NORTH ADAMS — With pay starting at less than $15 per hour — it’s a rate that city officials say is lower than other Berkshire cities and towns — North Adams is struggling to keep dispatchers.
“We just recently lost a dispatcher, a good dispatcher, who was with us for six months, who went down to Pittsfield for seven dollars more an hour,” Police Chief Jason Wood told the City Council on Tuesday night.
At its meeting, the council unanimously voted pass to a second reading of the ordinance to increase the starting pay to $17.45 per hour. Even with the approximately $3-per-hour bump to starting pay, “shockingly enough, it’s still the lowest in the area, at $17.45 per hour,” Wood said.
James Burdick, a retired city police sergeant, is a 911 dispatcher and is paid less than $15 per hour.
“To me, that’s the biggest insult ever,” he said. He has seen dispatchers leave for the same job elsewhere — for higher pay.
“I could go to Pittsfield right now ... and start at $19.90 per hour,” he said.
Councilors expressed support for raising the starting wage.
“Do we know this is enough?” Councilor Benjamin Lamb asked.
“I think at some point were going to have to revisit this,” Wood said. “My numbers in dispatch are really low.”
He added: “Certainly, I think at some point, probably after the ... administration switch, we should probably revisit this again.”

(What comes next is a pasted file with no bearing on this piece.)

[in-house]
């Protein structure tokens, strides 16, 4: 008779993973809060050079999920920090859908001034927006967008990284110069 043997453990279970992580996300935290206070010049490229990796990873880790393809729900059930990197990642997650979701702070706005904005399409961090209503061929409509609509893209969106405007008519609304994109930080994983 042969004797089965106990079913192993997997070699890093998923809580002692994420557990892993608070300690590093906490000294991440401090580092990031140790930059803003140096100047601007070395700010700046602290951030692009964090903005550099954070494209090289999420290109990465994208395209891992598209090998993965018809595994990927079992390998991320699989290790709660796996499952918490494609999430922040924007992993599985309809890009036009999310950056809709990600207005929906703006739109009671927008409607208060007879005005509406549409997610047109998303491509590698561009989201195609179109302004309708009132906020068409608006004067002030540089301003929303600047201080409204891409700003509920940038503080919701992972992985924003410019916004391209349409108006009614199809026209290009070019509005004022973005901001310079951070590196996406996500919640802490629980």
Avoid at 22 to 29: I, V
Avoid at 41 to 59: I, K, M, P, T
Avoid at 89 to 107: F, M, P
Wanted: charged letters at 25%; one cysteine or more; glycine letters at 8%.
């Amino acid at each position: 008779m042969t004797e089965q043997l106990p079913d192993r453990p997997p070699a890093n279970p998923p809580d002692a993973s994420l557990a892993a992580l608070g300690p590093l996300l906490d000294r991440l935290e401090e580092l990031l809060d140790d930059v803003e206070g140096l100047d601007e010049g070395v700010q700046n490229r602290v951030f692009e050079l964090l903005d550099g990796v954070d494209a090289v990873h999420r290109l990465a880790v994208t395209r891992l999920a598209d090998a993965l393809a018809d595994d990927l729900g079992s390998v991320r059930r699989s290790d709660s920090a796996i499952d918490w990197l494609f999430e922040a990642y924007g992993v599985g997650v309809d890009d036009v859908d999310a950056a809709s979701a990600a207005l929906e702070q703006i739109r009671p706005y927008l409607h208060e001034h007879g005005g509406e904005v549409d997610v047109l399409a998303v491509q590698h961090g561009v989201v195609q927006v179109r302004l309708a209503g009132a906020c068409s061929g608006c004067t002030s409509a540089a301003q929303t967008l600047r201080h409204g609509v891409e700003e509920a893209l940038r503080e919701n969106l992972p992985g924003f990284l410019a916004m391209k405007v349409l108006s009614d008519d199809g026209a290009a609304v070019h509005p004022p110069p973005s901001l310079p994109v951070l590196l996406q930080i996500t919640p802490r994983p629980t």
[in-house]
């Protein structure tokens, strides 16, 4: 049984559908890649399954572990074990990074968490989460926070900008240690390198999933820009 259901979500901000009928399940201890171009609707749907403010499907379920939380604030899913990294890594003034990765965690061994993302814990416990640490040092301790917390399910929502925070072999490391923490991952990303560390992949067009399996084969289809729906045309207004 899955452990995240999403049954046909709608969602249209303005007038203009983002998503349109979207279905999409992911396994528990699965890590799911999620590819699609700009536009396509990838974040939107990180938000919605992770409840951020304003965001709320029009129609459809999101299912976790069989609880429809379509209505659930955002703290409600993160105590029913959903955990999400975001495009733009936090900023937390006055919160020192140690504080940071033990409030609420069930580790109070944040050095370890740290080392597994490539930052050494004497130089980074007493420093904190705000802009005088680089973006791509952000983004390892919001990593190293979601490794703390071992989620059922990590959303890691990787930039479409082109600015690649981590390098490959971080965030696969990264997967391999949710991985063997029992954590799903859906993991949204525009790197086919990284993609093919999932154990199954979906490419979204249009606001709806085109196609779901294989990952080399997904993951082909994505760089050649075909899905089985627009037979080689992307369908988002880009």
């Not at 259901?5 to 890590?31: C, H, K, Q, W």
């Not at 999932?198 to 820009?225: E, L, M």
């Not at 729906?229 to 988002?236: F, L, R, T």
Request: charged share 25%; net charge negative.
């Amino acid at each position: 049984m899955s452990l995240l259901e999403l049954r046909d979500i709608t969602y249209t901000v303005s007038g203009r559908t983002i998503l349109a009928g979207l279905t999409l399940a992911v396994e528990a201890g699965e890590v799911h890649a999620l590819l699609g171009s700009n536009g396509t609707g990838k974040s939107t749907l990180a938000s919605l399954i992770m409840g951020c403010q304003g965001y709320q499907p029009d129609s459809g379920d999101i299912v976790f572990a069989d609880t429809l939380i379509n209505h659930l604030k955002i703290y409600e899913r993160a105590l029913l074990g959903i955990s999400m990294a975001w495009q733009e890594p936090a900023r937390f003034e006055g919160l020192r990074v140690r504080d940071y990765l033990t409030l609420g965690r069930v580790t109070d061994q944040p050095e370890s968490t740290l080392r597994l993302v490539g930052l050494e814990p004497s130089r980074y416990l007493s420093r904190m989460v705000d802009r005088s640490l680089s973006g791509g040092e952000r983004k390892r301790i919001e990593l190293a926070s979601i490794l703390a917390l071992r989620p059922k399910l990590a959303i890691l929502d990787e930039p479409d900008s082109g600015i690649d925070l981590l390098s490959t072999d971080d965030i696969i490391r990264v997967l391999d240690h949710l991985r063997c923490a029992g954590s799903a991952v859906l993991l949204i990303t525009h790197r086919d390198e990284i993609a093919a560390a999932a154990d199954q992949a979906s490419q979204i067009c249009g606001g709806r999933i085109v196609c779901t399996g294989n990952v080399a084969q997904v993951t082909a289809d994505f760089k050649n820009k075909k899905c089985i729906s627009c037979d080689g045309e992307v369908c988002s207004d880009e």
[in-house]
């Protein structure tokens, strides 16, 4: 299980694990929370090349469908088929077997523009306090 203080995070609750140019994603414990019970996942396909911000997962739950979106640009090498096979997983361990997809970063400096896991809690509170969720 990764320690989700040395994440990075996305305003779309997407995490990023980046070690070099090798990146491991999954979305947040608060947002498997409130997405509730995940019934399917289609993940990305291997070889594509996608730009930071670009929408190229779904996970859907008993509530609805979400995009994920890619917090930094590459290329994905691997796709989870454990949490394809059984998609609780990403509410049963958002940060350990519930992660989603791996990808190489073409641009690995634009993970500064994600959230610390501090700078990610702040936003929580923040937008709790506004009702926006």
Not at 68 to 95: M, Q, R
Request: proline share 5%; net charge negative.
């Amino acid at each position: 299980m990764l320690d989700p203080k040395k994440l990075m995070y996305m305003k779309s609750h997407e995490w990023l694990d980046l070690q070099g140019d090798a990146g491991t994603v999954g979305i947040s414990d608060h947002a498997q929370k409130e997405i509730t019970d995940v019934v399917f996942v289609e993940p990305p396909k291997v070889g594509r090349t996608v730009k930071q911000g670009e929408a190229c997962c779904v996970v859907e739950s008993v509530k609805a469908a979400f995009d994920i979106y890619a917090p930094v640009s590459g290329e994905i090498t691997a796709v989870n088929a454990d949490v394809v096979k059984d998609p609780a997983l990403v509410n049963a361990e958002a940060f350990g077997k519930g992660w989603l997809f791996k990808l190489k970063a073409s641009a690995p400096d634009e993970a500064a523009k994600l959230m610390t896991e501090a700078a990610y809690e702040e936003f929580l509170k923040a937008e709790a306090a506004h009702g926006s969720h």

Councilor Keith Bona echoed Wood.
“This is a start,” he said, “but I’m sure it’s not going to be the answer.”
Bona’s son used to work for the city as a dispatcher, and since has moved on to work in dispatch for the state police. It’s a difficult job, Bona said.
“He’s been on the phone, and it’s the last person that person has talked to because they did not make it until the ambulance came. He’s been on the phone involving car accidents that the person’s spouse has passed and he’s trying to tell them how to keep them alive. Not everyone can deal with that.”
Dispatch pay is “only the tip of the iceberg,” Councilor Wayne Wilkinson said.
“Sooner or later, the city has to sit down and look at their employees and give them at least the same compensation as other people get in other communities,” he said. The city lost an assessor, for example, who now makes a higher wage elsewhere, Wilkinson said.
There has been discussion about reviewing the city’s classification and compensation plans, Mayor Tom Bernard noted.
“I think this is simply one that can’t wait,” he said.